Tuesday, February 18, 2014

Veneering Government with Charles DIckens

     In her Mapping the Victorian Social Body, Pamela Gilbert claims that Dickens' Our Mutual Friend displaces the novelist's more famous satire of specific governing institutions onto the all-pervasive, immersive environment of London. Instead of a single, localizable parasitic government figure like Chancery or the Circumlocution Office, we get a metropole of permeable, porous, leaky bodies. This pervasive, uncontainable social ailment radiates from the Thames through its unsanitary tidal flows of sewage and muddy banks. According to Gilbert, such metaphorics exploit a prevalent feature of sanitary discourse: subterranean flows of sewage formed a circulatory system of disease whose heart was the Thames. This vision of the urban social body compelled the construction of the Thames river embankments during the late 1850's and early 1860's.
    Something is missing from Gilbert's account. Any Londoner from that period would wonder, where is the Metropolitan Board of Works? Depending upon one's political inclinations, Gilbert's omission would read like a liberal utopia or dystopia. Or rather, it would read just like Dickens' novel perused rattling about within an omnibus, distracted, preoccupied, and intermittent.
    Not that Gilbert's formal assertions aren't intriguing, especially her claim that Our Mutual Friend is at once hyper-realistic about places while Gothic in its atmospheric placelessness, a tension giving rise to pleasurable disorientation. But what if in this disorientation a grotesque face of government lurks? What if Dickens' once-bellicose satire of institutional authority became so extreme that it vanished into thin air?
    Our Mutual Friend comprises two narrative perspectives, one a past- and one a present-tense third person omniscience. As with Bleak House, the present-tense narration performs much of the novel's satire. Rather than another Chancery or Circumlocution Office, in the satirical narration we get the Veneerings, the epitome of speculative finance's nouveau riche. Ceaseless social climbers, the Vaneerings are Uriah Heep sans "umbleness" ensconced in the nation's ruling classes.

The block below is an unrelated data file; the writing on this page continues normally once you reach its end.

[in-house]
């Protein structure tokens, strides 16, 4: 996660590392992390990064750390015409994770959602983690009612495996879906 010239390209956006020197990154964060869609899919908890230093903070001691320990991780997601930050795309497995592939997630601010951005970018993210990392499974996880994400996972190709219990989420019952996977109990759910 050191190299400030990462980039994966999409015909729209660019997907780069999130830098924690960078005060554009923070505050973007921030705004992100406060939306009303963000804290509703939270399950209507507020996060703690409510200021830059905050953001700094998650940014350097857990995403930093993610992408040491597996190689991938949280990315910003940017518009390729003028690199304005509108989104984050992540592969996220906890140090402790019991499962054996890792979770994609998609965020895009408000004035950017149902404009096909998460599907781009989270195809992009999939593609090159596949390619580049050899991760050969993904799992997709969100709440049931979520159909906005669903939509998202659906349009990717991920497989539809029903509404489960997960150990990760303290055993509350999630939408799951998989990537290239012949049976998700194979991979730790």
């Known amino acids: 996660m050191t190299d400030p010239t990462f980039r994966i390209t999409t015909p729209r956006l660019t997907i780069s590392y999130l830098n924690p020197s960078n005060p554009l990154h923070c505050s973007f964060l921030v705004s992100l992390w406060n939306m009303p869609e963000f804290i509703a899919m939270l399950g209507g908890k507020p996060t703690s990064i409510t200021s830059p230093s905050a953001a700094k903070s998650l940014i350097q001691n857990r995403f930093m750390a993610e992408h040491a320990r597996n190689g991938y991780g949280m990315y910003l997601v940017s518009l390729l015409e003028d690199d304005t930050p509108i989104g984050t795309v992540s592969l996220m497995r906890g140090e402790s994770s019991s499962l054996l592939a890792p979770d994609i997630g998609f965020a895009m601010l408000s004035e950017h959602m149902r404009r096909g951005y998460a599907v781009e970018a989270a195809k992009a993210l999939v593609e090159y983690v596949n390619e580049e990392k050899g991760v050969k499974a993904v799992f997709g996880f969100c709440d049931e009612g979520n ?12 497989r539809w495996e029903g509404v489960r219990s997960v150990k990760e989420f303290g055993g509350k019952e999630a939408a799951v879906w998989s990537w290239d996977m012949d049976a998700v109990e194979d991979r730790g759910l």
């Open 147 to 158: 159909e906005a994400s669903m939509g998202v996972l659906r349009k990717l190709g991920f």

Dickens introduces us to these social climbers as they throw a dinner party. Of the couple's many guests, "a Member, an Engineer, a Payer-off of the National Debt" form the center of attention. Typical of this novel's satirical de-individualization of the ruling classes, these figures appear as mere titles, mere occupations – an M.P., an civil engineer, and a Capitalist. Or: the constituents comprising the M.B.W., the very institution building the Thames river embankments.
     So what if the powers at the top of the Thames River Embankment project are sitting at Veneering's table? What matters is how they sit at the table. Reduced to occupations, to their positions within overlapping hierarchical professions, these governing figures are just that, figures not individuals. They are caricatures taken to the a veneered extreme. As mere titles, these figures' power and authority disappears from view. They are, in essence, black boxed. All that matters is their input and output – their eating and their, well, shitting.
    While Gilbert misses this detail, she does because of an instructive reason. Gilbert's omission of the M.B.W. and her subsequent claim that Dickens diffuses mis-goverance across the urban social body results from taking the Veneerings at face value. Veneered into "a Member, an Engineer, a Payer-off of the National Debt," the novel's governing institution slips from view. Dickens enacts formally the practice of governance performed by the M.B.W.: infrastructure. Infrastructure when working appears as merely input and output, as pipes, sewers, and embankments. Infrastructure in this guise comprises a black box. Like their sewer pipes and river embankments, the agents of the M.B.W. – politicians, engineers, and capitalists – appear in Dickens' novel as infrastructure, as black boxes –– "a Member, an Engineer, a Payer-off of the National Debt."
   At the Veneerings' table in chapter two, Dickens introduces his readers to a new form of immanent satire, one that turns the obscure, routinized, black-boxing power of infrastructural governance against itself. Yes Our Mutual Friend pursues a trenchant critique of unlocalizable social ills. But it does so by appropriating its routinized form. The threats once posed by Chancery or the Civil Service now pervade the everyday, routine, habitual lives of all Londoners because they have become infrastructure. They have become "a Member, an Engineer, a Payer-off of the National Debt." Our Mutual Friend depicts government not as absent, but rather as everywhere. But being everywhere as infrastructure it evaporates into veneer.

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